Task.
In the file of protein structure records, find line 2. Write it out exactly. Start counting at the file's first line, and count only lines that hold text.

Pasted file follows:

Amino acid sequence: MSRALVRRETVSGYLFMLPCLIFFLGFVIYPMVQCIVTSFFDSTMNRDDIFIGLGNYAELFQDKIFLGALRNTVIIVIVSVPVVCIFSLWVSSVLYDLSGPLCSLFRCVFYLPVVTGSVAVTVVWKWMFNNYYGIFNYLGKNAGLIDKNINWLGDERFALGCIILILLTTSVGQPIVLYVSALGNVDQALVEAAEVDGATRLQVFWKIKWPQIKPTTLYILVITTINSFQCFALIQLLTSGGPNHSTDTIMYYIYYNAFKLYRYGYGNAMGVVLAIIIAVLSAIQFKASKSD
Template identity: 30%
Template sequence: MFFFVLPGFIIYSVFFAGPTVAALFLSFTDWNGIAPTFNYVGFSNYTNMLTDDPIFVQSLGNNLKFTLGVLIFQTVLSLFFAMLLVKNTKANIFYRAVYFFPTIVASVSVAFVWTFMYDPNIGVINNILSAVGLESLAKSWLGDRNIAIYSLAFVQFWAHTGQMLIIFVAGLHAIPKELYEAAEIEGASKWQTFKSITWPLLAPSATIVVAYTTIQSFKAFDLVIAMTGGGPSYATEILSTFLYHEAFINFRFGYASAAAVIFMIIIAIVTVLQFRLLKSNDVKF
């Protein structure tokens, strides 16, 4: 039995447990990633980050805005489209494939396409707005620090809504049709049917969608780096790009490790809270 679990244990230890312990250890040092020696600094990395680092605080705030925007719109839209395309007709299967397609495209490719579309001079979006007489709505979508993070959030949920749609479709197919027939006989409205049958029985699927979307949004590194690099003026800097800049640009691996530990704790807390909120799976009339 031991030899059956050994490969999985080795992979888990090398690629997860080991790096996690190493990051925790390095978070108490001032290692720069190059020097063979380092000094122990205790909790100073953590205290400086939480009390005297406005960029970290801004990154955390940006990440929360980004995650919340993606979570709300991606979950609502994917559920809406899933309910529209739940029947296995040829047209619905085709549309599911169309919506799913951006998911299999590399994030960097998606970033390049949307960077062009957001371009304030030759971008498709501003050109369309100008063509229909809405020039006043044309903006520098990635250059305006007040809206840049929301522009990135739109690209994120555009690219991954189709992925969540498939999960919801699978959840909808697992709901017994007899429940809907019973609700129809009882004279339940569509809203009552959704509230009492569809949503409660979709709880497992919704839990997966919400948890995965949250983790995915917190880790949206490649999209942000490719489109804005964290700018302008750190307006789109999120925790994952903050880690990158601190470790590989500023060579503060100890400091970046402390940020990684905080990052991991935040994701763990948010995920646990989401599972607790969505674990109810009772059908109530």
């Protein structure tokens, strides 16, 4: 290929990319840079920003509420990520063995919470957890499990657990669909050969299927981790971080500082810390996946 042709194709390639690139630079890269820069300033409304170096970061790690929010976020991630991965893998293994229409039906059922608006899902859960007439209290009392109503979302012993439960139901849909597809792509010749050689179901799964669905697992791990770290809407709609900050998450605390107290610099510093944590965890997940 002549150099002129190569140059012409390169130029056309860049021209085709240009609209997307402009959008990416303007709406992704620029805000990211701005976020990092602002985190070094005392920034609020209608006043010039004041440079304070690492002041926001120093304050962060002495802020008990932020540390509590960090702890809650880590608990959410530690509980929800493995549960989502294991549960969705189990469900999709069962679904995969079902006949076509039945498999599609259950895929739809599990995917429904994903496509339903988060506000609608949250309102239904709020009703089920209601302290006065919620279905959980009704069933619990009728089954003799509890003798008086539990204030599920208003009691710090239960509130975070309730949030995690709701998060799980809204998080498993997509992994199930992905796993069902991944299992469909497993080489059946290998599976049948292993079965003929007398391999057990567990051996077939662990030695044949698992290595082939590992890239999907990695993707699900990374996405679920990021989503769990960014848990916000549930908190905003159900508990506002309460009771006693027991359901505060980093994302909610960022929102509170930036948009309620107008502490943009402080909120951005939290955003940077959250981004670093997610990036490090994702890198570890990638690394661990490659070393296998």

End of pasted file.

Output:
Template identity: 30%